On Saturday, January 18th, Brooklyn's Chris Colbert, 23, 13-0 (5 KOs), takes on former WBA champion Jezreel Corrales, 28, 23-3 (9 KOs), at Temple University’s Liacouras Center in Philadelphia, Pennsylvania, live on Fox PBC Fight Night (8 p.m. ET/5 p.m. PT). On the line will be the WBA interim title at 130 pounds (the WBA already recognizes Leo Santa Cruz and Rene Alvarado as champions at this weight). Colbert took a break from training to discuss his quest to face Santa Cruz in 2020. He also spoke about his punching power, and the altruistic reasons for dying his hair different colors.
Q: What are your goals for 2020?
A: I want Leo Santa Cruz by the end of this year. He’s got the WBA’s main belt. I’m focused on Jezreel Corrales for now, but after that, Leo Santa Cruz is the only guy that I want. I’m going to tear Leo Santa Cruz apart because I know he’s vulnerable from what Carl Frampton did to him. I’ll beat him much worse.
Q: How is training?
A: We're 11 days from fight night [at the time of this interview] and I couldn't be happier with my workouts. I’m sparring bigger guys at 147 and 154, right-handers and southpaws. I can adapt and fight both styles, coming forward or moving back, side-to-side. I’ll give it to them any way they want it.
Q: You were 4-0 with two knockouts in 2019 and have stopped three of your last six opponents. Are you looking for a KO versus Corrales?
A: My last fight with Miguel Beltran, even though I came into it with bruised ribs I told no one about, I got a devastating, one-punch knockout. The ribs are fine now, and Jezreel Corrales is a former [WBA] champion and a fighter I can build my legacy on. He’s wild and not accurate with his punches. He said I’m not ready, but I’m going to make him eat his words. I’m always going to come out using my jab, which sets up everything you want to land. My jab will keep me in control and out of trouble, setting up my shots as I place my punches properly. I’m gonna go in there and work my jab and my body shots to take him apart, trying to get him out of there in the later rounds.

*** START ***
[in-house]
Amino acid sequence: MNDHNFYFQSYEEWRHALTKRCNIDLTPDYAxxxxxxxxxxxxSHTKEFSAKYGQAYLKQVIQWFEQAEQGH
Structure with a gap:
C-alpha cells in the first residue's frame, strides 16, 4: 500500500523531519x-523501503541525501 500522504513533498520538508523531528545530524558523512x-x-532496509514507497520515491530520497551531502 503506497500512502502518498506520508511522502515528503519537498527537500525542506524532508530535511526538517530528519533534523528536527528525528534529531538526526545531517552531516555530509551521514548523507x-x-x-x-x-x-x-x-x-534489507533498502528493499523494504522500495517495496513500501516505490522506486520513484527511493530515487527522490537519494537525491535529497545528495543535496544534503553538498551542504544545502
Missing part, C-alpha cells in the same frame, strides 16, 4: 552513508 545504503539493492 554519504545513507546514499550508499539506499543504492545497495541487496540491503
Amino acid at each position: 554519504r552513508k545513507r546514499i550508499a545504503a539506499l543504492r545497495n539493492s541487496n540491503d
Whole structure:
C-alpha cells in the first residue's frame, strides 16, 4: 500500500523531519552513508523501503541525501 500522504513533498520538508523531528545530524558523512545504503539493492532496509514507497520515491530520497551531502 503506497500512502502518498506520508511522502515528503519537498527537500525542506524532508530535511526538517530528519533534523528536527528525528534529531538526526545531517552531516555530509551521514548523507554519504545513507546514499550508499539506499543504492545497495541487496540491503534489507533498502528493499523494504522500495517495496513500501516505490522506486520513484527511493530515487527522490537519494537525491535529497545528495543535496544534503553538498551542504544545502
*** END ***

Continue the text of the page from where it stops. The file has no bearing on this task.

Q: Are you consciously looking for the KO?
A: I already have superior speed and boxing ability over my opponents, and over the past five or six fights, my strength and conditioning coach and I have been working harder. I never go in looking for the knockout, but my power is developing and the KO’s are happening more and more purely because of the skills I possess. Now everyone is seeing the results. Overall, I just want to show the world that I can dominate anybody and everybody.
Q: Do you feel you’re making a name for yourself?
A: Yes. Since I was 4-0, I’ve already beaten three previously undefeated guys and two other guys who only had one loss coming into our fight, so none of these other upcoming prospects or contenders has faced the opposition I’ve faced. Every time I step into the ring, it’s “Prime Time.” I leave an impression on primetime television either with great combinations, a big punch or something to remember from the fight, whether by knockout or spectacular performance. I want the big boys and the big belts. We’re trying to keep it moving and I’m trying to beat every single opponent – all of the undefeated fighters, prospects and world champions – in convincing fashion.
Q: What has your trainer, Aureliano Sosa, meant to your life and career?
A: I wear a sombrero because of my trainer, Aureliano Sosa, who is my mentor, my friend and father-figure. My trainer basically raised me and taught me everything in and out of the ring. He’s turned me into the man that I am today. My own son, Prince, is 1 ½, and I do miss him when I’m training, but I don’t want him to get used to this boxing thing and want to do it.
Q: Why the multi-colored hair-dying?
A: The hairdos aren’t just flash. I fight for myself, my swag and other things. The hairdos are in dedication for various awarenesses. My color was gold for [Miguel] Beltran and childhood cancer, green for [Austin] Dulay [TKO 7, April 2018] and cerebral palsy, and pink for Mario Briones [TKO 2, April 2019] and breast cancer. Red is for sickle cell. My next fight, I’m dying my hair purple for epilepsy. I dedicate my fights to people struggling with whatever they’re going through, like, “I’m with you, supporting you.”
Q: Why the nickname transition from the nickname “Lil B-Hopp” to “Prime Time?”
A: Bernard Hopkins is a legend. They said I fight like him, and some people still call me “Lil B-Hopp.” But I’ve learned so much, changed up the style and I feel that the name “Prime Time” is my own identity. “Prime Time” speaks for itself. The “P” stands for preparation and patience. The “R” stands for responsibility to this game. The “I” stands for intelligence. I use my brain and intellect to always be on top of my game whenever I step into the ring. The “M” is for managing my time and career. The “E” is me expecting and knowing what I was going to do in this boxing game, demonstrating that each time I’m in the ring. I know I’ll be one of the greatest fighters ever to lace up a pair of gloves when all is said and done.
PBC press release written by Lem Satterfield